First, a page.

Find out more about Nanocomposites research at WMG here: Nanocomposites (

University of Warwick teams up with Ca’ Foscari University in Venice to create museum exhibitions of the future

The University of Warwick is collaborating with Ca' Foscari University of Venice to analyse Roman artefacts in a history project which could change the face of museums for the 21st century.

Warwick is working with historians at Ca’ Foscari to scan and analyse artefacts from ancient Roman and pre-Roman Venice, including in 3D and VR forms.Picture shows WMG scanning

Researchers hope that these artefacts, scanned into 3D and virtual reality (VR), could revolutionise how people experience historical items, including in museums.

Rather than studying items in glass cases, artefacts could instead be scanned and produced using 3D printing or VR technology so visitors can hold and experience history in a whole new way.

This is especially vital when the items themselves are fragile or extremely old, meaning the originals can’t be held or examined by the public.

The collaboration between Warwick and Ca’ Foscari is focused on over 30 items related to religion from the Roman settlement of Altinum – the ancestor of the city of Venice.

Altinum is larger than Pompeii but remains mostly unexcavated, with researchers suggesting a trove of artefacts may be there waiting to be discovered.

The items themselves are from the Roman period and before, including from the Venetii natives who were assimilated into the Roman Empire over centuries.

The artefacts are being analysed by historians at Ca’ Foscari, with engineers at Warwick using cutting edge imaging technology to scan the items in incredibly high definition.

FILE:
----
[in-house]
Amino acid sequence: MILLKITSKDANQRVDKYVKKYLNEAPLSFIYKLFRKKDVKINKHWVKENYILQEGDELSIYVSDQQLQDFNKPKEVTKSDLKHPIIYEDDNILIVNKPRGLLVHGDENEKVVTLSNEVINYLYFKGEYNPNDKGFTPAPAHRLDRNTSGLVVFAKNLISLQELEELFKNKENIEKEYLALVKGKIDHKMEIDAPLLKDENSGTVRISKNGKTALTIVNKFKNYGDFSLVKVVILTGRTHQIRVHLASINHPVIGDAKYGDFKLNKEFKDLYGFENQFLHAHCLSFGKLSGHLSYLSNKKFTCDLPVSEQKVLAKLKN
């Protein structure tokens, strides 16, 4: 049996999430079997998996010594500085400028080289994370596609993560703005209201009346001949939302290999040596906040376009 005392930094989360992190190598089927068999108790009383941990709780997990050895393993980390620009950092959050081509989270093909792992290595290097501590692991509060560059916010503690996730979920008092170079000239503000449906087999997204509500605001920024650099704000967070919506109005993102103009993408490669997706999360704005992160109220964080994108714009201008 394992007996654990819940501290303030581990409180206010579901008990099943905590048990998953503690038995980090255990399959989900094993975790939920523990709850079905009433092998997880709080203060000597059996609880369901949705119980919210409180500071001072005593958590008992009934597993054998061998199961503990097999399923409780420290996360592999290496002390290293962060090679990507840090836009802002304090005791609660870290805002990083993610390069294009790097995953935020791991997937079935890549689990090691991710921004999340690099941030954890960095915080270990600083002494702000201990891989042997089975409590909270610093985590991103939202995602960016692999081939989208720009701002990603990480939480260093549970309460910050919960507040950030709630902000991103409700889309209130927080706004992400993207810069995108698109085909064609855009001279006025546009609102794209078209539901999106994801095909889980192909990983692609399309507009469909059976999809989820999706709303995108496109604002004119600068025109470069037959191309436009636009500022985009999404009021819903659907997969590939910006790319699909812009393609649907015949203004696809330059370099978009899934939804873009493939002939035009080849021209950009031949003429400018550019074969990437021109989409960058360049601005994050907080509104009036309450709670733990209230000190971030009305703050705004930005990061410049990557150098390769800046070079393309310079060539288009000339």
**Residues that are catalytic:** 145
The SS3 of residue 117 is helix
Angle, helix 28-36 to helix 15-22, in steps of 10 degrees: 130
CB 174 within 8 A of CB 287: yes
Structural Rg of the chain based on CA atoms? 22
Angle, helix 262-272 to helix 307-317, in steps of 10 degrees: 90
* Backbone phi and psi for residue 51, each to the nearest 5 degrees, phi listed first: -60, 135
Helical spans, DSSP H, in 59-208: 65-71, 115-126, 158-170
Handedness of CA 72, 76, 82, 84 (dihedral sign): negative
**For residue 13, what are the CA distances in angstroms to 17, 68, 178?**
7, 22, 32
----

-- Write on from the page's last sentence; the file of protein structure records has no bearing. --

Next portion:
This helps historians read writing from the period and is especially vital when some artefacts have been damaged or are fragmented.

Academics at Warwick and Ca’ Foscari presented their findings at a conference in Venice on Friday (24th November), highlighting the potential of the combined arts knowledge of Ca ‘Foscari and the technology of WMG.

Picture of Venice artifactProfessor Mark Williams, Head of the Centre for Imaging, Metrology and Additive Technology (CiMAT) at WMG commented: “This is an excellent example of universities working together, including across the arts and sciences. This scanning technology has truly exciting possibilities, including for the future of historical learning and we were delighted to be able to assist our Venetian colleagues in bringing a small section of their history to life”.

Associate Professor Lorenzo Calvelli, a historian at Ca’ Foscari University, said: “These artefacts represent the very beginnings of Venice from over two millennia ago, and we are very pleased to be able to bring this history to a wider audience, both here in Italy and in the UK.

“It has been excellent to meet and collaborate with colleagues from Warwick, and I am very excited about our future plans to dive deeper into the treasure trove of artefacts that is waiting for us in Altinum”.

Altinum developed over the course of the Roman Empire into a booming trading hub, particularly know for valuable amber and horses which were prized across Europe. Eventually, refugees from Altinum are believed to have contributed to the founding of Venice in the wake of the fall of the Roman Empire.

Professor Rachel Moseley, Chair of the Faculty of Arts at Warwick, commented: “This is an excellent example of science and the arts working together to create exciting new possibilities.

“Every day, we see scientific advances allowing us to delve deeper into history in a way which recently we would have thought was impossible. Equally, the arts give science that grounding and philosophy to make these advances tangible to the public.

“I’m delighted that our new base of Warwick Venice Centre has brought all these excellent researchers together and is already encouraging collaboration in a hugely positive way.”